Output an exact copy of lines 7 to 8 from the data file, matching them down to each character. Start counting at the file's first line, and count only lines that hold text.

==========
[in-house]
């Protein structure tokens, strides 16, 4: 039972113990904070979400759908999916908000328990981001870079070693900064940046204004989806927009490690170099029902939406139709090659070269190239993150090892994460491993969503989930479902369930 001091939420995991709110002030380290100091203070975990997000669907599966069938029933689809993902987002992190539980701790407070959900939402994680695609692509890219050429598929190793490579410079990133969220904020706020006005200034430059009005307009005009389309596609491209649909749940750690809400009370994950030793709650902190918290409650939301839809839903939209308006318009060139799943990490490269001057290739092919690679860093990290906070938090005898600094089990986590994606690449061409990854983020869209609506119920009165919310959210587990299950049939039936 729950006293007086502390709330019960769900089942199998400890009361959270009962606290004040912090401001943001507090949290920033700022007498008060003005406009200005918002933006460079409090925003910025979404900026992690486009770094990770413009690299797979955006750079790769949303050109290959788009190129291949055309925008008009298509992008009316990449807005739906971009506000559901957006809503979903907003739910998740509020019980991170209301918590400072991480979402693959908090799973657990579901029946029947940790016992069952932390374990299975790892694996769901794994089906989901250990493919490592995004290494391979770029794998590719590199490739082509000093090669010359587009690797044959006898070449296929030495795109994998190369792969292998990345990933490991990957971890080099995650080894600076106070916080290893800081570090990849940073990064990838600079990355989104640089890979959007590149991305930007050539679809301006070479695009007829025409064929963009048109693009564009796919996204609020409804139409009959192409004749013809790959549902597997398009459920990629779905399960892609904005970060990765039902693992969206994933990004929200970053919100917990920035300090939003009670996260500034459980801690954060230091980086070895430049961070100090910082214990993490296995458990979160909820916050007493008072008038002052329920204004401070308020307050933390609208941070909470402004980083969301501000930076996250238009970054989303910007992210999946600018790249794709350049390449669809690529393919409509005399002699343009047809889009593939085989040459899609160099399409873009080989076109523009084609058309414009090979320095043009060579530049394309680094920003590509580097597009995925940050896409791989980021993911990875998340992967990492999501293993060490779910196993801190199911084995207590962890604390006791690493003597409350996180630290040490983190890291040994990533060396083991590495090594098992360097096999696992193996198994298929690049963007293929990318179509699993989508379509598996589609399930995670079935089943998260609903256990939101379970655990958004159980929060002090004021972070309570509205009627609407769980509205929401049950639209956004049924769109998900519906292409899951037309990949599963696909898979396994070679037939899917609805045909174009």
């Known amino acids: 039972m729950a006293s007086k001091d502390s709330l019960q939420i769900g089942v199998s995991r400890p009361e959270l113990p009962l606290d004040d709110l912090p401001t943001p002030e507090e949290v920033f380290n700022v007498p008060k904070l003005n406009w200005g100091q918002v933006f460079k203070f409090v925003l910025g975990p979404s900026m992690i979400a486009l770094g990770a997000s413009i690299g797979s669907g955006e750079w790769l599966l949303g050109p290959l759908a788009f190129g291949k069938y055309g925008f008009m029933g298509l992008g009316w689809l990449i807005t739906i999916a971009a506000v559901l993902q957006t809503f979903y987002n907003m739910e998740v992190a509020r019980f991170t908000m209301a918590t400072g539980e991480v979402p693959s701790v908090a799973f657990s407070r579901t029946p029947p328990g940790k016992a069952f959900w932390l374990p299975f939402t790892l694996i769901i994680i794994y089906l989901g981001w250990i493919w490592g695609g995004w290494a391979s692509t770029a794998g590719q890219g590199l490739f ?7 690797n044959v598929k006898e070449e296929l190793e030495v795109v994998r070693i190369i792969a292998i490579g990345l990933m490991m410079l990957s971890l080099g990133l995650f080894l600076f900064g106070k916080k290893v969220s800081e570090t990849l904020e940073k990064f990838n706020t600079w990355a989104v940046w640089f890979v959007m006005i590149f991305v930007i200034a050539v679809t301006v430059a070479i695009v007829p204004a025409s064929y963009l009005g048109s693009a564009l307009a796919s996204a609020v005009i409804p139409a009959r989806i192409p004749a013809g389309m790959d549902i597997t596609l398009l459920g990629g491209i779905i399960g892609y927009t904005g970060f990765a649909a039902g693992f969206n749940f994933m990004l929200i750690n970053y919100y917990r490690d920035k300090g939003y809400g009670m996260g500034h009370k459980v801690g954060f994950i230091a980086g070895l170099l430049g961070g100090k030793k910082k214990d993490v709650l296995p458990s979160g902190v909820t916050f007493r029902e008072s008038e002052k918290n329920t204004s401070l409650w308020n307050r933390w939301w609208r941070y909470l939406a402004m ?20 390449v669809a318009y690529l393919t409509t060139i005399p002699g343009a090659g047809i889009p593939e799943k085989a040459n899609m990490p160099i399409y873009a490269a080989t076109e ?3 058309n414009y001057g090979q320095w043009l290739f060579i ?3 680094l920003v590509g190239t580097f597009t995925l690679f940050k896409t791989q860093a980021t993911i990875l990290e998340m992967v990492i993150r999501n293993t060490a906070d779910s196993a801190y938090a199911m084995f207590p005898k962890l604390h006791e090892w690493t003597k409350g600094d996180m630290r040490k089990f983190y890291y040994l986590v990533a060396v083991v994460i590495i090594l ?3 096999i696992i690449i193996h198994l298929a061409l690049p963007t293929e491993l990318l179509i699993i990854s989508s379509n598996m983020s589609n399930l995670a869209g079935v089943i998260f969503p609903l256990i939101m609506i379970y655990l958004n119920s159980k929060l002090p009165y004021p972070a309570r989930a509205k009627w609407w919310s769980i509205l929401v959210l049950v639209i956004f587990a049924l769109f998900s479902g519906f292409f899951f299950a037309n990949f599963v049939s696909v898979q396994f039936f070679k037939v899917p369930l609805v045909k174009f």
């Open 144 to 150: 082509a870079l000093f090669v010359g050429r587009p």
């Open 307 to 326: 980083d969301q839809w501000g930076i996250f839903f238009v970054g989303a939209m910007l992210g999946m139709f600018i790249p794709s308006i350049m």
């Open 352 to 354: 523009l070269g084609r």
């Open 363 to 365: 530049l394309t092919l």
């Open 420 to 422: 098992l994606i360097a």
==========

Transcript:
């Open 363 to 365: 530049l394309t092919l």
């Open 420 to 422: 098992l994606i360097a």